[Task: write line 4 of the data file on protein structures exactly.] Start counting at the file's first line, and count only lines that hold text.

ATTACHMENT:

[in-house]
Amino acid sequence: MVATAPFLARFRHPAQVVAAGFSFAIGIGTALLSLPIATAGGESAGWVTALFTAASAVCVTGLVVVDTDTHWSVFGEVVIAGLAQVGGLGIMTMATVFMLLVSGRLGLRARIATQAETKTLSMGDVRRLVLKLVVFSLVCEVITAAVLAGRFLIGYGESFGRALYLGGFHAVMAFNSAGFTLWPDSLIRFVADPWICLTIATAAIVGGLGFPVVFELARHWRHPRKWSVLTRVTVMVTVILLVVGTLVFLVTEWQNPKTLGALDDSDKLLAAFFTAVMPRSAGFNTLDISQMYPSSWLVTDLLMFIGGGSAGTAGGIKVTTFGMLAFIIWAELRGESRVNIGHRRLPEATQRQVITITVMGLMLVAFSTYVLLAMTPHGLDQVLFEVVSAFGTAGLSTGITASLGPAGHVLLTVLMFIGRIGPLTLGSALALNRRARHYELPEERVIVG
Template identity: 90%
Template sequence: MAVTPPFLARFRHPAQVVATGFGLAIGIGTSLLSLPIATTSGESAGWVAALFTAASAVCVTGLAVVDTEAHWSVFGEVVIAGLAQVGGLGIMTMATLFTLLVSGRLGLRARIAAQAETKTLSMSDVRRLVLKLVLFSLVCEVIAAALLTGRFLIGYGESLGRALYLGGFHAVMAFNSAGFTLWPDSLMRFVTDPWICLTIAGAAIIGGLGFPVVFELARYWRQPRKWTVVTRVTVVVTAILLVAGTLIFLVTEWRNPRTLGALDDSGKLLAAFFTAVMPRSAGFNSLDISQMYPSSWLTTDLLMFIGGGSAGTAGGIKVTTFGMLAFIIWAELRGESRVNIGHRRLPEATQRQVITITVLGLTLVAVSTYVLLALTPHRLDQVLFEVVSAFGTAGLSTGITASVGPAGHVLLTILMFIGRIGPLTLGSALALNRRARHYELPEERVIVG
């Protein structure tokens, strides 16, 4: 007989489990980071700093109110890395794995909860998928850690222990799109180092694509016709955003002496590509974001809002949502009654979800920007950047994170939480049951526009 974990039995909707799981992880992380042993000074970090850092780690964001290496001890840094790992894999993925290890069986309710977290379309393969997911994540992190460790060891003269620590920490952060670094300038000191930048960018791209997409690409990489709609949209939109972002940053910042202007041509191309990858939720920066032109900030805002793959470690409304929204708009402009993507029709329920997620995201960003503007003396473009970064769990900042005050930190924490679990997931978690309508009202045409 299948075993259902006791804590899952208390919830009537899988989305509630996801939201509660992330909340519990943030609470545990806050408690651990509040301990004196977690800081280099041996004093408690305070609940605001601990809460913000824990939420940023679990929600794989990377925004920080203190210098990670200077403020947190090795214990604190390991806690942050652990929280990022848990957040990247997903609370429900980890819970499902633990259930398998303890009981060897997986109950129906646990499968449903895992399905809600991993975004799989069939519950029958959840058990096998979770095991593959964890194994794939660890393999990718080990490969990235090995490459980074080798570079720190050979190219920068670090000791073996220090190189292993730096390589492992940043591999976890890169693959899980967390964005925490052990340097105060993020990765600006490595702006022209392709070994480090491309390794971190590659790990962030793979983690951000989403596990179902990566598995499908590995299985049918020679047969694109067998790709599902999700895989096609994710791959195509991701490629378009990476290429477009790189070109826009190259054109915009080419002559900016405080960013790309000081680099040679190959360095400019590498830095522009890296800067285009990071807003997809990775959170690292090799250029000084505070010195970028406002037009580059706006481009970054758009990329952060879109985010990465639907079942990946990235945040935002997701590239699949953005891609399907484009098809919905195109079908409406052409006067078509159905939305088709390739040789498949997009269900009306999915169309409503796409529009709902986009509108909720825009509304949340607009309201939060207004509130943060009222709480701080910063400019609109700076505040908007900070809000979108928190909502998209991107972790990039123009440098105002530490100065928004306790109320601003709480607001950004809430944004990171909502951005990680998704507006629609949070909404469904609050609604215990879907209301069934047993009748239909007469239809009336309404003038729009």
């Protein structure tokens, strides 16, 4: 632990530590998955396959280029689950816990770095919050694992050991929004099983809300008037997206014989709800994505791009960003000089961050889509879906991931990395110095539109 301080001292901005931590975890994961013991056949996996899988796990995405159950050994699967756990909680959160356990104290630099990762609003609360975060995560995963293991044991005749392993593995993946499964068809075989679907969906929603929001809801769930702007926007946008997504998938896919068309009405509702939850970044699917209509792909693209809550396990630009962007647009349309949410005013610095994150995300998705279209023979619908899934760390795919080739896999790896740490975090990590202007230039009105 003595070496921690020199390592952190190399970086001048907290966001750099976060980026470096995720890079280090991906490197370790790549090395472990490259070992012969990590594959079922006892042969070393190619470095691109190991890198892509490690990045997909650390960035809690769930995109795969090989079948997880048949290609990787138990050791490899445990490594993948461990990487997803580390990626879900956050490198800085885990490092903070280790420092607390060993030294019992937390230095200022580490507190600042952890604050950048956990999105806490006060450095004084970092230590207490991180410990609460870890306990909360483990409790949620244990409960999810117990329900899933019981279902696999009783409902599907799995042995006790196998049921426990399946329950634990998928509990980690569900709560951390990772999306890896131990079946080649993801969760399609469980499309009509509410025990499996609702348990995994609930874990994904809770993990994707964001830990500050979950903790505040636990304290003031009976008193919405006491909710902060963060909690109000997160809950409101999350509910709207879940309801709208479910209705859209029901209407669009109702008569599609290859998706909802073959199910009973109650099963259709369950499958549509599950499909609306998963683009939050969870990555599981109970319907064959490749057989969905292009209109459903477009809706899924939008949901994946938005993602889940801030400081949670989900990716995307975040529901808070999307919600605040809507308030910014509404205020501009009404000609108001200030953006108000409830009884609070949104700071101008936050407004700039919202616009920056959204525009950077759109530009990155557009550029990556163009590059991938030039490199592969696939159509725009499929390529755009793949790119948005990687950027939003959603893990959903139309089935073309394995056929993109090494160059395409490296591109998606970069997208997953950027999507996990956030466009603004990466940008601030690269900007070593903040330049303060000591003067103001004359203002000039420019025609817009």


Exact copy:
Template sequence: MAVTPPFLARFRHPAQVVATGFGLAIGIGTSLLSLPIATTSGESAGWVAALFTAASAVCVTGLAVVDTEAHWSVFGEVVIAGLAQVGGLGIMTMATLFTLLVSGRLGLRARIAAQAETKTLSMSDVRRLVLKLVLFSLVCEVIAAALLTGRFLIGYGESLGRALYLGGFHAVMAFNSAGFTLWPDSLMRFVTDPWICLTIAGAAIIGGLGFPVVFELARYWRQPRKWTVVTRVTVVVTAILLVAGTLIFLVTEWRNPRTLGALDDSGKLLAAFFTAVMPRSAGFNSLDISQMYPSSWLTTDLLMFIGGGSAGTAGGIKVTTFGMLAFIIWAELRGESRVNIGHRRLPEATQRQVITITVLGLTLVAVSTYVLLALTPHRLDQVLFEVVSAFGTAGLSTGITASVGPAGHVLLTILMFIGRIGPLTLGSALALNRRARHYELPEERVIVG